Dubai has built a unique education system to fit its population’s needs by harnessing the capacity of the private sector, while also continuing to develop a more sophisticated regulatory framework to ensure every school is delivering quality education.
Private schools outnumber public institutions in the emirate, providing education to 225,009 students, representing 88.7% of Dubai’s school-aged children, as per data published by the Knowledge and Human Development Authority (KHDA), a government institution tasked with regulating the local education system. This marks a year-on-year (y-o-y) increase of 8.7% from the 207,118 recorded in 2011. In total, Dubai is home to 153 private schools using 15 different curricula from around the world.
Higher education is similarly unusual, with reliance on private institutions and the free market. The local government has made increasing efforts to become an international centre for quality education, and has built two dedicated free zones (FZs) that were home to 32 private universities and more than 22,000 students at year-end 2012. The market-based approach to education has created some regulatory challenges, but it has also allowed for a high level of flexibility that enables the emirate to adapt to changes in demand, which has proven to be an advantage in an increasingly global and competitive sector.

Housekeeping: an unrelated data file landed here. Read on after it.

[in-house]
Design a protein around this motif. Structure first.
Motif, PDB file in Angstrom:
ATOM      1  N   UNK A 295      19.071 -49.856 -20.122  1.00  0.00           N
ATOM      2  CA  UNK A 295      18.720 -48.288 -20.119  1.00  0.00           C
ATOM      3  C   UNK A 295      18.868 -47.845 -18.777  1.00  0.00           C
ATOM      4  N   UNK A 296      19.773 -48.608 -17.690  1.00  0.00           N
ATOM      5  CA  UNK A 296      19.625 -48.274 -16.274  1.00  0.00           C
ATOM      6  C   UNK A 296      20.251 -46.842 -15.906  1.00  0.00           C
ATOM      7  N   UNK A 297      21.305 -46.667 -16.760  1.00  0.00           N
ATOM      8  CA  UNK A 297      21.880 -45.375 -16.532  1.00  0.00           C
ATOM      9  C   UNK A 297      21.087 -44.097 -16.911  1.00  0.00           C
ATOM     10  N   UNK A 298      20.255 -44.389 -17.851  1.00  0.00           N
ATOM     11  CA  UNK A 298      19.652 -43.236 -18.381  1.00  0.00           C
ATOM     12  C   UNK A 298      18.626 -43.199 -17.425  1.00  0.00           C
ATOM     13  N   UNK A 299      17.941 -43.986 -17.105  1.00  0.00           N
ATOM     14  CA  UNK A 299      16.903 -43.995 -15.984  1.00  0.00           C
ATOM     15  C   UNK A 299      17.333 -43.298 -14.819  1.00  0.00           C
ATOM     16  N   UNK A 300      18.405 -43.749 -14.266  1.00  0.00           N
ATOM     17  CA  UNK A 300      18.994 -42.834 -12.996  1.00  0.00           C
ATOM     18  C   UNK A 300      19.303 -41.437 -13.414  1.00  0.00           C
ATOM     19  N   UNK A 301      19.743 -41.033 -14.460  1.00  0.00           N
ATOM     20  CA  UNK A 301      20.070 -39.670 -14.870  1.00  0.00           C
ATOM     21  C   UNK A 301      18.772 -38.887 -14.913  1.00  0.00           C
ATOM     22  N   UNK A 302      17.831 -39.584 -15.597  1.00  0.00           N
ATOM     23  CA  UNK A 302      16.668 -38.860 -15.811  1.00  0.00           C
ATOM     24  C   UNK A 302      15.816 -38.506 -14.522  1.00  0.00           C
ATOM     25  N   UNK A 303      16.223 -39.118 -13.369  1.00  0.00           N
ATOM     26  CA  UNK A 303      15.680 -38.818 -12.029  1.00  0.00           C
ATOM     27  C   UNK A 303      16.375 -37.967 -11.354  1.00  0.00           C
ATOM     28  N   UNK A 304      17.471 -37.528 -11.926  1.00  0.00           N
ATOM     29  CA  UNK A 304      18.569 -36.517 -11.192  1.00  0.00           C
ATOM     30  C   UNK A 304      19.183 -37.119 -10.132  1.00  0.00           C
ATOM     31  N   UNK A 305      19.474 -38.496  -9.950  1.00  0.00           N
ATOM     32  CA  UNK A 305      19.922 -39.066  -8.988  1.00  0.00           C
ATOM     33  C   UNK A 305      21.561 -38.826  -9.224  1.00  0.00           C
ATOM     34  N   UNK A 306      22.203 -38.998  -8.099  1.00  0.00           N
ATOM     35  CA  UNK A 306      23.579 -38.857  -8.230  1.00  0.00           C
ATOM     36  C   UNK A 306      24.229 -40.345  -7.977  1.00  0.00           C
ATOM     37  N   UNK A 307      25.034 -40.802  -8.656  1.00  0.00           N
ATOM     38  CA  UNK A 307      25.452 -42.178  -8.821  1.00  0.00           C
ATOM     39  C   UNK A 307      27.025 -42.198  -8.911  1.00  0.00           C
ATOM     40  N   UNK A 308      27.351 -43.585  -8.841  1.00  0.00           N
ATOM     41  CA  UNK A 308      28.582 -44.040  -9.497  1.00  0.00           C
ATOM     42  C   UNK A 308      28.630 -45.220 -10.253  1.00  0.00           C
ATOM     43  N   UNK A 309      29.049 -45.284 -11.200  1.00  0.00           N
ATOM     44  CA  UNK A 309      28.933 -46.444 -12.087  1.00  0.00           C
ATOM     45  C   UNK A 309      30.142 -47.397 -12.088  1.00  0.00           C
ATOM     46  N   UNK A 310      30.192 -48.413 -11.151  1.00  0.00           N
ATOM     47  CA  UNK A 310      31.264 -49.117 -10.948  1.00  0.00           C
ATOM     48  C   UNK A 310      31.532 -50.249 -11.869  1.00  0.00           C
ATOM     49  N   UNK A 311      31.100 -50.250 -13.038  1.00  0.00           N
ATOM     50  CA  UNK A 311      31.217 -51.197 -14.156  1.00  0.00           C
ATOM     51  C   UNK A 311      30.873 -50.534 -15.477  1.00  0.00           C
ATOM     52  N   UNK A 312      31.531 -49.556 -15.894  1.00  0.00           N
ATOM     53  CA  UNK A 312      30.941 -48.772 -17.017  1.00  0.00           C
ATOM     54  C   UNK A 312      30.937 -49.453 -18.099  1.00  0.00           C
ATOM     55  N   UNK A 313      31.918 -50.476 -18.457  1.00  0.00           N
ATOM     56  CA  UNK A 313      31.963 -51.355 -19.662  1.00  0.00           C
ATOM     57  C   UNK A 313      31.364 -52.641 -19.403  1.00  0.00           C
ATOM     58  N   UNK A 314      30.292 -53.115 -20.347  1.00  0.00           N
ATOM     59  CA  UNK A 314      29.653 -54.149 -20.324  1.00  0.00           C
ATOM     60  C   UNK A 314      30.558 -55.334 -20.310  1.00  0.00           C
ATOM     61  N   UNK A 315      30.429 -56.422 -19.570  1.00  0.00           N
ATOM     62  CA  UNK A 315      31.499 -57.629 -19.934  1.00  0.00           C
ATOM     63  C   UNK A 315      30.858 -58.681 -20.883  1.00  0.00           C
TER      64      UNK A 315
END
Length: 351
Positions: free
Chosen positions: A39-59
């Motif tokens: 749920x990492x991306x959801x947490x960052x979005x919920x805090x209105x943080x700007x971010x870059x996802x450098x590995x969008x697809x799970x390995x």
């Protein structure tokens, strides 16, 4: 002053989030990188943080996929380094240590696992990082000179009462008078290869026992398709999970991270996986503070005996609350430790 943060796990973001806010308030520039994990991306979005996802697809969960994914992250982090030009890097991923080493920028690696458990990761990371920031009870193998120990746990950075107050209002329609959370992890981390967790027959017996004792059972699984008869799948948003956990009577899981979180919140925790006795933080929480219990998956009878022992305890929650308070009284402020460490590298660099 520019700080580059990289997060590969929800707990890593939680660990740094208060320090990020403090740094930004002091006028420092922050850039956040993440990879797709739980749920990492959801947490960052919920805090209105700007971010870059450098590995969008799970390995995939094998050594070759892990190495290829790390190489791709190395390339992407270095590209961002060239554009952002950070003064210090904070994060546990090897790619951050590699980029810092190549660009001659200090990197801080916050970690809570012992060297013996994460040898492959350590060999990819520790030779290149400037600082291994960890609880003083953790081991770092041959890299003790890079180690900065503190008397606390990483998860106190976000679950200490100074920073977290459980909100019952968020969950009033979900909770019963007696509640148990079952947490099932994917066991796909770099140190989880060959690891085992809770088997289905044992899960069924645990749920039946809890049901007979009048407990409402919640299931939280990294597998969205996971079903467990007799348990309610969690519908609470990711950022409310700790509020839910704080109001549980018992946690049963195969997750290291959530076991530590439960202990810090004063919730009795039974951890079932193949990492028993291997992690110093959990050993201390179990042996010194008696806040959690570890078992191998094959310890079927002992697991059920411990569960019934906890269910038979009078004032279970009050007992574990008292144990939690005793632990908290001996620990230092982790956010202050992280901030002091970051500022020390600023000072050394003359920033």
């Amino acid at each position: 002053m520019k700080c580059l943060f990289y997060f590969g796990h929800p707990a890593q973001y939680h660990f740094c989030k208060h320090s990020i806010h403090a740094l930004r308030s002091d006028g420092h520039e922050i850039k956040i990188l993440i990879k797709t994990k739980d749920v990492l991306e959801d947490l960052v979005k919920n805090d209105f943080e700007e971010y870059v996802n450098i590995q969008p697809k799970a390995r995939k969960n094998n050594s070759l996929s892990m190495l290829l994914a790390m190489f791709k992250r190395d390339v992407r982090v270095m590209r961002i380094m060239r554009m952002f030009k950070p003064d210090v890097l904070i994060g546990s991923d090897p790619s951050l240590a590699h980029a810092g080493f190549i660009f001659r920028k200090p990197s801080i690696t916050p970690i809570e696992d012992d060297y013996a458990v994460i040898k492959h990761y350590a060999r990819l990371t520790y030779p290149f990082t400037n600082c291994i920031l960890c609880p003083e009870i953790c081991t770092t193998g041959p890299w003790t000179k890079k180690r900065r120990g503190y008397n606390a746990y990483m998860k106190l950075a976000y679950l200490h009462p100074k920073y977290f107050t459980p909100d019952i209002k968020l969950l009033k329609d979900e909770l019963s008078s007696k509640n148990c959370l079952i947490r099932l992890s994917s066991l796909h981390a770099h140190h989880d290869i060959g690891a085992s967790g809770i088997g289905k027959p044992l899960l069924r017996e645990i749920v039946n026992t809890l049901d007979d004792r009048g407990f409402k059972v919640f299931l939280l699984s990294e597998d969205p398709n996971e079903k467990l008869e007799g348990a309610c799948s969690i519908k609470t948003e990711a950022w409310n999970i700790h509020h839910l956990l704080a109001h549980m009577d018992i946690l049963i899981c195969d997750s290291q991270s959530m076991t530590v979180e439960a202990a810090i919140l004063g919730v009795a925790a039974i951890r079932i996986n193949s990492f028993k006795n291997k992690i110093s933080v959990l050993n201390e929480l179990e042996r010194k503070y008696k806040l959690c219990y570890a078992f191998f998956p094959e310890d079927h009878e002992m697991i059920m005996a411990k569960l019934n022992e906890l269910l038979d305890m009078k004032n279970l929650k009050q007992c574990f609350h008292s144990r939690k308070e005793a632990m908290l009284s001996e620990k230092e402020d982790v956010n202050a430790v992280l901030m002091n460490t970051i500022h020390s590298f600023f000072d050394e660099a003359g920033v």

The government has created separate bodies, each with its own set of regulations, to oversee the different types of institutions in the emirate. While the federal Ministry of Education (MoE) and Ministry of Higher Education and Scientific Research (MoHESR) are responsible for overseeing all public and some private education throughout the UAE, the KHDA’s mandate is to ensure quality private education in all schools and universities, through school inspections that are conducted and published annually and a quality assurance framework for higher education through its University Quality Assurance International Board (UQAIB).
Accounting for a significant proportion of education facilities in Dubai, private schools had total revenues of $1.12bn in 2012, and employed 14,333 teachers. While the main focus of private schools is on foreign-born students – non-Arab expatriate students do not have the option to attend public schools – 56.6% of Emirati students also attended a private school in 2012. Of the 15 different curricula, the most popular schools follow a UK, Indian or US system of education.